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Understanding Joint Ventures and Joint Venture Structures, Part 2

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In part 1 of this article, we discussed the features of joint ventures, how they are different from other types of business arrangements, and some purposes for which they are used.

A joint venture can help two or more parties work together to accomplish a shared business goal, but as with other business transactions, a good working relationship can depend greatly on the clarity of the agreement that forms the venture. In this installment, we’ll discuss the steps that should be involved in forming a joint venture as well as different types of structures that can be employed for such ventures.

Forming a Joint Venture

Pooling resources to pursue an objective that separate parties would be unable to achieve individually is a powerful draw for creating a joint venture. To fulfill the potential of a joint venture, however, it should be formed with well-understood objectives, clear strategy, and comprehensive documentation. Some steps to follow in creating a joint venture are:

  • Identifying the purpose: The purpose of the venture should be clearly identified, as well as what each party to the agreement hopes to gain from it.
  • Choosing the right partner(s): Each partner should bring complementary resources, skills, and/or markets to round out the requirements for the endeavor. Due diligence is necessary to examine the financial standing, business practices, and reputation of each potential participant.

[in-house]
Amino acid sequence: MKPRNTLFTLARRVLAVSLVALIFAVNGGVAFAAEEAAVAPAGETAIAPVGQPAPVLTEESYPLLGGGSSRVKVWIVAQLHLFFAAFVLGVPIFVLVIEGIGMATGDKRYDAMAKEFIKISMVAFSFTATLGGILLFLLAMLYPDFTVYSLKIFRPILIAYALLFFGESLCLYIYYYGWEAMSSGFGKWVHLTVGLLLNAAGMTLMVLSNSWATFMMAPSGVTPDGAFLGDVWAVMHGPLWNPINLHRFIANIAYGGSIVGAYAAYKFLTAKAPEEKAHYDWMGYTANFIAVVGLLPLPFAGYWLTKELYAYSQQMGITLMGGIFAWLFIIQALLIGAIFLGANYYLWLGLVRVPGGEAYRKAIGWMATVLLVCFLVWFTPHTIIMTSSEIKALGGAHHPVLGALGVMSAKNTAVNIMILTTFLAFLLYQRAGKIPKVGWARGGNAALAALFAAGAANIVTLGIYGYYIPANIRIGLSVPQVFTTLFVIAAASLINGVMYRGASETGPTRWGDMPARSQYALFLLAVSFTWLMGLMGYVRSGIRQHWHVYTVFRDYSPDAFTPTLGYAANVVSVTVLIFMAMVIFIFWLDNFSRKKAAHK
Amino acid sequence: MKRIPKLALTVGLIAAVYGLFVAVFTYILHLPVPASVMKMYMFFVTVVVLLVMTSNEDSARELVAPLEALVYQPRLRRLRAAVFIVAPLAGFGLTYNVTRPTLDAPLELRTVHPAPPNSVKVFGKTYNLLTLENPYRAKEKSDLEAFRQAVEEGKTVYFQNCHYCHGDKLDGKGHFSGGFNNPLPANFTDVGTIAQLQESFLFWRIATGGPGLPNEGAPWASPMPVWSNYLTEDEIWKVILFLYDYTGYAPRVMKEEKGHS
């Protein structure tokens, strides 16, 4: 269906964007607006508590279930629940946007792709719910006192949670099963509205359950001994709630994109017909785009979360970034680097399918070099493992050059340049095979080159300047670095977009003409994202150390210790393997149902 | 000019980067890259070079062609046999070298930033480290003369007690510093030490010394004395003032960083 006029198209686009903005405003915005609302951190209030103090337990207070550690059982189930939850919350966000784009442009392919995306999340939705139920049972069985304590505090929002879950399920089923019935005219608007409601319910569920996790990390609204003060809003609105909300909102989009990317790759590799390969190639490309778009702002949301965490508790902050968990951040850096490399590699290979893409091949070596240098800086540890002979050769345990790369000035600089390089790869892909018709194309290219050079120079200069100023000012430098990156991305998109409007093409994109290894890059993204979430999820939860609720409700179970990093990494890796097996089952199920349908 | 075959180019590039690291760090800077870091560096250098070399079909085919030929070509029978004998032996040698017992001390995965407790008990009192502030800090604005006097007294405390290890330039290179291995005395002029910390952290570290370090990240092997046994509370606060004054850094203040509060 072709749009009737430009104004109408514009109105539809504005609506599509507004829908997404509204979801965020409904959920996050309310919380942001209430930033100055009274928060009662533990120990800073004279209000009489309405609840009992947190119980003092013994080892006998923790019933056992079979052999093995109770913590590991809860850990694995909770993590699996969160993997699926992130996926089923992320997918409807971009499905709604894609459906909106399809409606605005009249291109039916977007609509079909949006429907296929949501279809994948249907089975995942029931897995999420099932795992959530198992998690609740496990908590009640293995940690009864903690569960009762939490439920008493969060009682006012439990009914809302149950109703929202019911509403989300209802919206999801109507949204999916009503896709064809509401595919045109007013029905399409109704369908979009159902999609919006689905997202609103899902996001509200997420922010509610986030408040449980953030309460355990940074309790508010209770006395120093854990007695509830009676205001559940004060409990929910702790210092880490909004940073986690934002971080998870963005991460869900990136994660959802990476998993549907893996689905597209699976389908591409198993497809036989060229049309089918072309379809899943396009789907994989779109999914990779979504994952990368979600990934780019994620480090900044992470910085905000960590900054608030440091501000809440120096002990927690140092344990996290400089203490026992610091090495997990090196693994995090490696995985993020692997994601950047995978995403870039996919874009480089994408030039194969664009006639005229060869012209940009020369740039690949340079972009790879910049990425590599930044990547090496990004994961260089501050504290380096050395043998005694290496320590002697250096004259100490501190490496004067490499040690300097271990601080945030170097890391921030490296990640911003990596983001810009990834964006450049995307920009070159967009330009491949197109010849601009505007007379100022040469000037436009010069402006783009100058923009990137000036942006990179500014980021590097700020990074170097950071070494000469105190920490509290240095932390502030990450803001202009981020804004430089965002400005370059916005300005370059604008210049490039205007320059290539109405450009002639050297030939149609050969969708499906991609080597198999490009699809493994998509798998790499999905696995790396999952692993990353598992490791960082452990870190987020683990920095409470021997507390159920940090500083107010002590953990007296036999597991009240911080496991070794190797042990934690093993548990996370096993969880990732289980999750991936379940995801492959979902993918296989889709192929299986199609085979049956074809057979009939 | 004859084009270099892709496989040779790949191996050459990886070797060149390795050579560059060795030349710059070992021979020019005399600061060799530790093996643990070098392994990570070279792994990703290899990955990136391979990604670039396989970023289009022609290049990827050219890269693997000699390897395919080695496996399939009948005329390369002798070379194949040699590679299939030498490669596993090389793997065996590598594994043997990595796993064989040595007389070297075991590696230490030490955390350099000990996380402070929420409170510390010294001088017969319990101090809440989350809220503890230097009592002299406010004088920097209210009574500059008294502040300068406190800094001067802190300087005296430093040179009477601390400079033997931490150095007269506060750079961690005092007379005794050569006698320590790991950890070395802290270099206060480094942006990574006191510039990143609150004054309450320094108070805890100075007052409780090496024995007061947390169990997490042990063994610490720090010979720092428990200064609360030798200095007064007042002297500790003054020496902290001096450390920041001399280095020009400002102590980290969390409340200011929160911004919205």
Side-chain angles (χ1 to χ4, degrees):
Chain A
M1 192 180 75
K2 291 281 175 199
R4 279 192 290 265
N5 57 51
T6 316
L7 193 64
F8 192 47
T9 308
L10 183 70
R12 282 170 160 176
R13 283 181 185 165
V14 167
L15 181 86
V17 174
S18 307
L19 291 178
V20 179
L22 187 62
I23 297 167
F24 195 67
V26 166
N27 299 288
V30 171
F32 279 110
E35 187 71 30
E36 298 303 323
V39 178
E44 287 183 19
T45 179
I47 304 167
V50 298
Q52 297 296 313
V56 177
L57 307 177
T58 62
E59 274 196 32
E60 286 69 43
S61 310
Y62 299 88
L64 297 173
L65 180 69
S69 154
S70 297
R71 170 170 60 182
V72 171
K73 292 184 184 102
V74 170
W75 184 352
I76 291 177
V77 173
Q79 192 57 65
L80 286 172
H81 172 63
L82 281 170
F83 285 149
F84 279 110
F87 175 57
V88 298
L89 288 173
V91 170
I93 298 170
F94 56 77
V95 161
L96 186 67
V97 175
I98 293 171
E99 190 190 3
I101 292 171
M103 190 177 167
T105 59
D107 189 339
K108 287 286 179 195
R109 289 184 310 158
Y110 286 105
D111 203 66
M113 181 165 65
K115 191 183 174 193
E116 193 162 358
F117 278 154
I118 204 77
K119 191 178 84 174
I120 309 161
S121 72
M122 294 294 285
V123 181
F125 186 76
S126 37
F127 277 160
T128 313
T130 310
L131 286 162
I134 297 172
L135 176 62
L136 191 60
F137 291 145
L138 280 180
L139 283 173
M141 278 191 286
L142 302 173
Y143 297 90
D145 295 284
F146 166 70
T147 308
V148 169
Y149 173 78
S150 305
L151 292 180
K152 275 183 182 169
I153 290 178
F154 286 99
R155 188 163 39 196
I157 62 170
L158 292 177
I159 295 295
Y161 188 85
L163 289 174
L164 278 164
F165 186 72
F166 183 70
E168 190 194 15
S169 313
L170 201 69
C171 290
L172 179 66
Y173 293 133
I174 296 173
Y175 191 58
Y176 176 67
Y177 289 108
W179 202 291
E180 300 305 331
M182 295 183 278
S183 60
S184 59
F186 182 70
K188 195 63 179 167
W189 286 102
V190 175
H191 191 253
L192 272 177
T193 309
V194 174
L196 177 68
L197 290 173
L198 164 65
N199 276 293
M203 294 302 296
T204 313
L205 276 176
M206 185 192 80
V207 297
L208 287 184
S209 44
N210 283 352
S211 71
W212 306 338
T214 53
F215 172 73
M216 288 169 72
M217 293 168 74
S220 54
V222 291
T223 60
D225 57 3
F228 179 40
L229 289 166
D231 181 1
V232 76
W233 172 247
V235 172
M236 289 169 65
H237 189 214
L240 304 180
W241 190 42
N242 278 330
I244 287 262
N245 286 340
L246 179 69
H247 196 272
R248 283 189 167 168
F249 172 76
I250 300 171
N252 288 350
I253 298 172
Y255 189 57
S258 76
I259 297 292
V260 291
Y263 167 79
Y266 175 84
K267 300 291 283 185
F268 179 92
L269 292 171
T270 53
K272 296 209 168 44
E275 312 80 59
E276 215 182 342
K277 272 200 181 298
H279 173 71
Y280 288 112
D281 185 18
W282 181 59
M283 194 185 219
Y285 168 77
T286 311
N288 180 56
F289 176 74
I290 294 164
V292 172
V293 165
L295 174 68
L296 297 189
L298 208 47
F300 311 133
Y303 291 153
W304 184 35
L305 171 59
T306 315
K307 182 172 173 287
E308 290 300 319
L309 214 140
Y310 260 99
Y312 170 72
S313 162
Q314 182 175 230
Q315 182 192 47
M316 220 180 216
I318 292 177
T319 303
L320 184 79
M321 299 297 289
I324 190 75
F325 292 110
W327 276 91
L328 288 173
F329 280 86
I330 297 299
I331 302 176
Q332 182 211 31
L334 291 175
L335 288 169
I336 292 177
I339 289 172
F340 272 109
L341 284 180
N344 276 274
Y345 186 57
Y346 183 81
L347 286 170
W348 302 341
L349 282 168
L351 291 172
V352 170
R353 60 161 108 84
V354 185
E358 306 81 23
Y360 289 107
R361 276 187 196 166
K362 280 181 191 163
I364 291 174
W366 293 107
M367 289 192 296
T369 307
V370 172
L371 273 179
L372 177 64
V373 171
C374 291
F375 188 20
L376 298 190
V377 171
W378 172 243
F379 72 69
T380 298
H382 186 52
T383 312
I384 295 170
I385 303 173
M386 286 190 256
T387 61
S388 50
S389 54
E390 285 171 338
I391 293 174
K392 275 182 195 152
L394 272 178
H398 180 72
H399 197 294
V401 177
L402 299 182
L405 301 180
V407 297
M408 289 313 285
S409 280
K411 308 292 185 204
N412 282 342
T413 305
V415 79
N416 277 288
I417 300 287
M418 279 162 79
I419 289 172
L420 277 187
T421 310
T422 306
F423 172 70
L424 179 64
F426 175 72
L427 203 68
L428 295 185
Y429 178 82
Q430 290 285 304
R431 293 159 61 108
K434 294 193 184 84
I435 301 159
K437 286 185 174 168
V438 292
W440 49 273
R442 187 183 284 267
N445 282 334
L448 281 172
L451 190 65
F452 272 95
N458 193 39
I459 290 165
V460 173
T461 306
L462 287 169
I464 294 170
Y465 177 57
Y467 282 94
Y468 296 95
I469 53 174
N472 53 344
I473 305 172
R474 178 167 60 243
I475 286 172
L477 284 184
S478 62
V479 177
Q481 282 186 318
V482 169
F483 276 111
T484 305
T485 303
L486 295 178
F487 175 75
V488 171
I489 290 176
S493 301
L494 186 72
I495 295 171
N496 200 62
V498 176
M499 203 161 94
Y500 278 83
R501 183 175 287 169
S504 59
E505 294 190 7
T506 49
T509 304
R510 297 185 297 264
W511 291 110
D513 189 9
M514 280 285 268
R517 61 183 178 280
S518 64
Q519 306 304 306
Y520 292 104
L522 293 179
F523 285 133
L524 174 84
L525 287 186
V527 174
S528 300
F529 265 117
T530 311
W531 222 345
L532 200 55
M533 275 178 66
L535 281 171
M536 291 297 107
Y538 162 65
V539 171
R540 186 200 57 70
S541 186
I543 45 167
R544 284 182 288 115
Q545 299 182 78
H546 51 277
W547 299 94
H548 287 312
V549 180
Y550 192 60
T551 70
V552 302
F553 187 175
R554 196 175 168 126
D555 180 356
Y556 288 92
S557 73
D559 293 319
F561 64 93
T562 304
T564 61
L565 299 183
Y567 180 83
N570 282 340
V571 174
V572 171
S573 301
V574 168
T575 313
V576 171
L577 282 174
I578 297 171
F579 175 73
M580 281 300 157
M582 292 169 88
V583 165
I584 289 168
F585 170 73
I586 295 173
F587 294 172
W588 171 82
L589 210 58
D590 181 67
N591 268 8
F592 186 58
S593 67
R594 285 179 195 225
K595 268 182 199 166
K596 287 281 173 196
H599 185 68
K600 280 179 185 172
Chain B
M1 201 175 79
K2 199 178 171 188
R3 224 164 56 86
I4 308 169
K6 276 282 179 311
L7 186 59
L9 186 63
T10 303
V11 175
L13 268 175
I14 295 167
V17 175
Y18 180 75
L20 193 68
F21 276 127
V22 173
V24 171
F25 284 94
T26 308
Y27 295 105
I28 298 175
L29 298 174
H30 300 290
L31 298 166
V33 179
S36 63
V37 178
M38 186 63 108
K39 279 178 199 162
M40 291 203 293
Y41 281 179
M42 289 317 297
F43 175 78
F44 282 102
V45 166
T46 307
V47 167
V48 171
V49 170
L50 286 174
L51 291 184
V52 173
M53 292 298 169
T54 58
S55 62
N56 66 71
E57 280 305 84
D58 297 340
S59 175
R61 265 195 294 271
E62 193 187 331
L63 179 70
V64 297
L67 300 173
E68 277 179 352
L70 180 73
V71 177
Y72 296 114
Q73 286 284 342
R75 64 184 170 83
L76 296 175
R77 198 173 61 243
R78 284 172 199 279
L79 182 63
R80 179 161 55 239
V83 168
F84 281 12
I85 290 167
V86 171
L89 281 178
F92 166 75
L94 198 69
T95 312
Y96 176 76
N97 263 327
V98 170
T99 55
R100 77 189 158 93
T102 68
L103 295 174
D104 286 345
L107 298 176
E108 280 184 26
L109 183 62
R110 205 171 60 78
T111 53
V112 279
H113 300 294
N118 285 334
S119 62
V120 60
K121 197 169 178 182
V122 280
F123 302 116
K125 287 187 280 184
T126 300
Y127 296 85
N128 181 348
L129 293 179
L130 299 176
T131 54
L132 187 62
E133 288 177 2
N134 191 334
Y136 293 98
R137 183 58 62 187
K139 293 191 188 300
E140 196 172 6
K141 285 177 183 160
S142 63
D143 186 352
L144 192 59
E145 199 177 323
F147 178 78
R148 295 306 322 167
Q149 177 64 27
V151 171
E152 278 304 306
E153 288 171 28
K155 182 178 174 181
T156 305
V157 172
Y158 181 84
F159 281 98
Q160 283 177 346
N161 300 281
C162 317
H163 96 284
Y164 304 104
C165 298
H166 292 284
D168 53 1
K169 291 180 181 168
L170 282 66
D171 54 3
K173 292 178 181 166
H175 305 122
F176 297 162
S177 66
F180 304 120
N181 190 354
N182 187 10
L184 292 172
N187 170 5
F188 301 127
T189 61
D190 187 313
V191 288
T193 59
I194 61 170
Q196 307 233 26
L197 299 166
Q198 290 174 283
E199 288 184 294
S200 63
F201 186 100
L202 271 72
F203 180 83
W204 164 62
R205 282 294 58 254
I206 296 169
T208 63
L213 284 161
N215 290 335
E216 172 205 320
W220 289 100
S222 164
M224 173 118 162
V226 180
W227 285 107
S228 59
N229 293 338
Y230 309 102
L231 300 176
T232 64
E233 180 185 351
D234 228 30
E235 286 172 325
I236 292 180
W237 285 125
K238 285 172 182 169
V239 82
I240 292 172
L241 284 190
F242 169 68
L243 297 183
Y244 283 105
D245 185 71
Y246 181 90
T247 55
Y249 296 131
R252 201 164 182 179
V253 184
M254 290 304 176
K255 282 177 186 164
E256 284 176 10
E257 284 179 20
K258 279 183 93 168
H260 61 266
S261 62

• Determining the structure: The structure of a joint venture should be guided by the nature of the venture as well as the tax and legal considerations of the parties involved. For example, the parties may wish to form a new business entity or they may prefer a contractual agreement.
  • Drafting a joint venture agreement: The joint venture agreement should include all the details of how the venture will be run. All parties should have legal representation to help ensure that the agreement thoroughly covers all salient points. These include the purpose of the venture, the formation process, each party’s contributions and responsibilities, how profits and losses will be allocated, governance structure (such as when meetings will be held and the voting rights of each party), dispute resolution mechanisms, exit strategy, and more.
  • Creating a management structure: A clear management and governance structure that defines who is responsible for daily operations, decision-making procedures, and how parties will participate in governance will help avoid confusion and conflict later.
  • Financing the joint venture: This information should include not only the initial contributions of each party but also responsibilities for future financing needs.
  • Preparing an exit strategy: The essence of a joint venture is the limit on its scope and duration. An exit strategy defines when the parties can leave the joint venture, procedures for dealing with a deadlock or disagreement, and the how the dissolution of the venture will be handled.